Sukhmani Khorana: Migrants and food during COVID-19: Stories of Destitution, Enterprise and Solidarity
So what is new about migrants and food, especially in a settler colonial multicultural society like Australia in the midst of the pandemic? The challenges of COVID-19 might be unprecedented for many social groups, but they have been experienced in one form or another by most migrants and refugees. Also, while many academic studies and migrant advocacy bodies have been calling for greater attention to listening and responding to their voices and recognising their agency, the current circumstances make these calls even more pressing. What we need isn’t yet another ‘Harmony Day’ that celebrates food from different cultures, but doesn’t talk to those serving the food about anything other than their enriching spices and costumes. Nor do we want to fall into the simplistic trap of condemning all migrant-initiated food initiatives as pandering to white tastes.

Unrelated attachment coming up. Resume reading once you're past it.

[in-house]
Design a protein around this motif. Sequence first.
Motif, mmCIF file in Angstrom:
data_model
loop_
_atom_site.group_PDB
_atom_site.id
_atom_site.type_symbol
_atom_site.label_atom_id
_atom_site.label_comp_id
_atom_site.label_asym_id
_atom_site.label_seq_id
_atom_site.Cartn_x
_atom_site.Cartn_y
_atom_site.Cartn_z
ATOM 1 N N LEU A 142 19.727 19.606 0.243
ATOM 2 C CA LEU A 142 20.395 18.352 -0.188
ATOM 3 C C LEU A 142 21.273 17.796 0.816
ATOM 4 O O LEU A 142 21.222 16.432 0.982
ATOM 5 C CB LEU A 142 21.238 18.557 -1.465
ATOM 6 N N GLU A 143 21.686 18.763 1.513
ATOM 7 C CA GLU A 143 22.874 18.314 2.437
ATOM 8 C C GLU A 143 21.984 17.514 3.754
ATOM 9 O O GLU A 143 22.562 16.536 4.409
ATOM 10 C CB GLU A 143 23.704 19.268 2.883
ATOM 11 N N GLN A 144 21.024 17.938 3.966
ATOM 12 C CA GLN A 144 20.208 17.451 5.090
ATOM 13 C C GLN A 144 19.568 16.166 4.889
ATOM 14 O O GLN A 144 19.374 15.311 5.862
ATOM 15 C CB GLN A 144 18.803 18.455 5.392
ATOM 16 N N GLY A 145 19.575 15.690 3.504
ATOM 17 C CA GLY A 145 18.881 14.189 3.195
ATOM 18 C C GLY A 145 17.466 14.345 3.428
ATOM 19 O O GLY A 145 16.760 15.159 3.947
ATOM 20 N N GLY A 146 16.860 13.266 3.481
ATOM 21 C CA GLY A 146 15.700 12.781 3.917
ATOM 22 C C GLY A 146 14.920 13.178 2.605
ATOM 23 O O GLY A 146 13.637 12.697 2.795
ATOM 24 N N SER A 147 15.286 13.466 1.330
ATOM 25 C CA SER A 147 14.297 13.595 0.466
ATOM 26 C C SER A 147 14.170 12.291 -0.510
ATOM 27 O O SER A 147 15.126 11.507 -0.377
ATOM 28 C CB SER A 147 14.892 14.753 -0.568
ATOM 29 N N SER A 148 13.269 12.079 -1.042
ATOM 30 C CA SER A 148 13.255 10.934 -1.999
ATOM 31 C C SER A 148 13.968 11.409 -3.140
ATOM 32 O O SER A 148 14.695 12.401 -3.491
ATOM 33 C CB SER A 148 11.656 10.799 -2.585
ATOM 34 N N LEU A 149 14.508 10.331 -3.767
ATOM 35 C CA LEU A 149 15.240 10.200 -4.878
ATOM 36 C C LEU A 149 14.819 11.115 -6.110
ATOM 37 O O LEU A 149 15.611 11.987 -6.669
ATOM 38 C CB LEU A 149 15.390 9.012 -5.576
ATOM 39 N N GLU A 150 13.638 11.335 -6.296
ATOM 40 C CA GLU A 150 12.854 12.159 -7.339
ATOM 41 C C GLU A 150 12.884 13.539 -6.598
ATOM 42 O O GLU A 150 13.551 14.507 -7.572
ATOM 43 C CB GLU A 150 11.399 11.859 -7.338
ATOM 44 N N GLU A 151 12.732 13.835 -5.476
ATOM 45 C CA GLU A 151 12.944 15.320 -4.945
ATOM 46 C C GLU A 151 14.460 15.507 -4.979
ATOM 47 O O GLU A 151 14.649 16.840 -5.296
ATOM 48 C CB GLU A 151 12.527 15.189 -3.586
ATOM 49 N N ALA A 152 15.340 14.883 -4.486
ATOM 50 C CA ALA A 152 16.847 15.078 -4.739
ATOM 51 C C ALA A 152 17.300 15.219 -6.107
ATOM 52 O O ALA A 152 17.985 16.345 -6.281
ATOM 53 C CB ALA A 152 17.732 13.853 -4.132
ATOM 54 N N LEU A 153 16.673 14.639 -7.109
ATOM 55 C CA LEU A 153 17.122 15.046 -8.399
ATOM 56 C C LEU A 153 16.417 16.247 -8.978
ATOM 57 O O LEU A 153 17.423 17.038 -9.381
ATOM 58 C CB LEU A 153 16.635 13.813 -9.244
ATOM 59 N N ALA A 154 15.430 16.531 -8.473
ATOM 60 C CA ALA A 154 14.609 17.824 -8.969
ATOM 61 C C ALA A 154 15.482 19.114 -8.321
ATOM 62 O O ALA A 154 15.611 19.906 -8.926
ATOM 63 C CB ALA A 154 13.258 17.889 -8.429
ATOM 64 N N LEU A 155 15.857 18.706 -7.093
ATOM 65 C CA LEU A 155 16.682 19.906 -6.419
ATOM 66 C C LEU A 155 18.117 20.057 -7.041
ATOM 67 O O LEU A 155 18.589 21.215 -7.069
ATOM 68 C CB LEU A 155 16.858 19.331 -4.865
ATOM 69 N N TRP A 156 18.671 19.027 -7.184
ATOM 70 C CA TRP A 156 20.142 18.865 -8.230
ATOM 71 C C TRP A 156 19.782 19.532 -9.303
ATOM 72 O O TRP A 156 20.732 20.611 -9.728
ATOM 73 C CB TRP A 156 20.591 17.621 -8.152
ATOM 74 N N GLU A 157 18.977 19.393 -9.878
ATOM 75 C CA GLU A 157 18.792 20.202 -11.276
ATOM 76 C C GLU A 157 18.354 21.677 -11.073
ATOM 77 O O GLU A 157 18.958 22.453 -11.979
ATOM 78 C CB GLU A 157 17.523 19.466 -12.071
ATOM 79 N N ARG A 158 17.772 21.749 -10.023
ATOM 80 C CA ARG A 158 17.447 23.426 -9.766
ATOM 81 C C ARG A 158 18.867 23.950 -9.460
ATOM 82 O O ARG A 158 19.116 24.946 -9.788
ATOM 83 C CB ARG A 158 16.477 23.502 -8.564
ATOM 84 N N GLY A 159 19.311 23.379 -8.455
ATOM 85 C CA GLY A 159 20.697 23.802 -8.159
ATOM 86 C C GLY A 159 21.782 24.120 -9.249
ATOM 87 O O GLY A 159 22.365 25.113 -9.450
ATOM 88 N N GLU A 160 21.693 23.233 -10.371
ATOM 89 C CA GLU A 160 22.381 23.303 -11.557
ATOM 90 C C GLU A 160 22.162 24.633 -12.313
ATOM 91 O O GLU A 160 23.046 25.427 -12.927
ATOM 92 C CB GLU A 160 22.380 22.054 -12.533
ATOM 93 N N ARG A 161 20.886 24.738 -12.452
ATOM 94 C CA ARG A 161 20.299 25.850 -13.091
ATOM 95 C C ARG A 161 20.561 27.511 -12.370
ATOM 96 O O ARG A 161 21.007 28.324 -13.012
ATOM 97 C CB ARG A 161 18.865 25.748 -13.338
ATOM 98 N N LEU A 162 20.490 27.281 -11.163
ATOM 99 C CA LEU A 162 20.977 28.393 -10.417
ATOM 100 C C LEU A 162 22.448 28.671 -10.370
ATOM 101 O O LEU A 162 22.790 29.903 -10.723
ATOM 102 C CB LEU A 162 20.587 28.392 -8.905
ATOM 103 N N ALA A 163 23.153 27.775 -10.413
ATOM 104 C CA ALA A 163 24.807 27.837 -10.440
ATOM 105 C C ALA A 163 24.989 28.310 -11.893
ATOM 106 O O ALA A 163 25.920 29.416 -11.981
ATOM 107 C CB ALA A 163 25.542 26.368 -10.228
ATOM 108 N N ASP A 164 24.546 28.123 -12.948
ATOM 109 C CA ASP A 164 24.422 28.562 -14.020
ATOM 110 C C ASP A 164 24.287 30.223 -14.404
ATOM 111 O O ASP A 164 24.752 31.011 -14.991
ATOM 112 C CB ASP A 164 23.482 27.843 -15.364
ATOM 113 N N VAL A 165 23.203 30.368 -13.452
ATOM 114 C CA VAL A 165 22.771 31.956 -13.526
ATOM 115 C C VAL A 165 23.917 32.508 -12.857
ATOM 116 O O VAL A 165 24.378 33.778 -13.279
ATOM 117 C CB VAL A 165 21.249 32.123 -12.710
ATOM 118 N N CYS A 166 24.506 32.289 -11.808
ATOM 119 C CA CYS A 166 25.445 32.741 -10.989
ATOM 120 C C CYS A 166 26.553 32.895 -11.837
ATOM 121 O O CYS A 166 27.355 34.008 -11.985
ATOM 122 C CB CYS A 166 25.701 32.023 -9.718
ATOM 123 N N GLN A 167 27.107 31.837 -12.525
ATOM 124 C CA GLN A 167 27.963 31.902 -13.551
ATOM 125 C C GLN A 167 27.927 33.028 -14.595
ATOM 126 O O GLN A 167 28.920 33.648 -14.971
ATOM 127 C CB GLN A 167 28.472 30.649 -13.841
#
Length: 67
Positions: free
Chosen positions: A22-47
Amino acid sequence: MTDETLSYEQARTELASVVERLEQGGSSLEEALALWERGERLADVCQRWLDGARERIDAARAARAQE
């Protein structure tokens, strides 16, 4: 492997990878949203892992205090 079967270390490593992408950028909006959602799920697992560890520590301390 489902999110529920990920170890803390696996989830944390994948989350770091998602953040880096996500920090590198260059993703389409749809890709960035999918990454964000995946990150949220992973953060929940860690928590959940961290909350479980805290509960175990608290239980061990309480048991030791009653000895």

‘People fear what they don’t know: the battle over ‘wet markets’, a vital part of culinary culture.
The warehouse smelled powerfully of feathers and droppings, but Harry, a Guyanese construction worker in his 50s, seemed unfazed. He pointed out two broiler hens to a man in overalls who grabbed them, hung them by their legs from a scale, then carried them into a room strewn with feathers and drew a knife across their throats. “You can put your rice to boil, come get a chicken, be home before it burns,” Harry said. “Can’t get fresher than this.” The market he frequents, Madani Halal, is one of more than 80 in New York City that stock live animals and slaughter them on demand for customers.
We’re in This Together: Working Towards a New Food Culture
History clearly demonstrates that the uneven impacts of such crises hit society’s least privileged the hardest, exacerbating existing disparities as they relate to food. Presently, the food security implications of a COVID-19-triggered economic slowdown are manifesting in some of the most vulnerable populations across Australia. International students and temporary visa holders are queuing for food across the country, while members of isolated communities, immuno-compromised and elderly persons face barriers in safely accessing supermarkets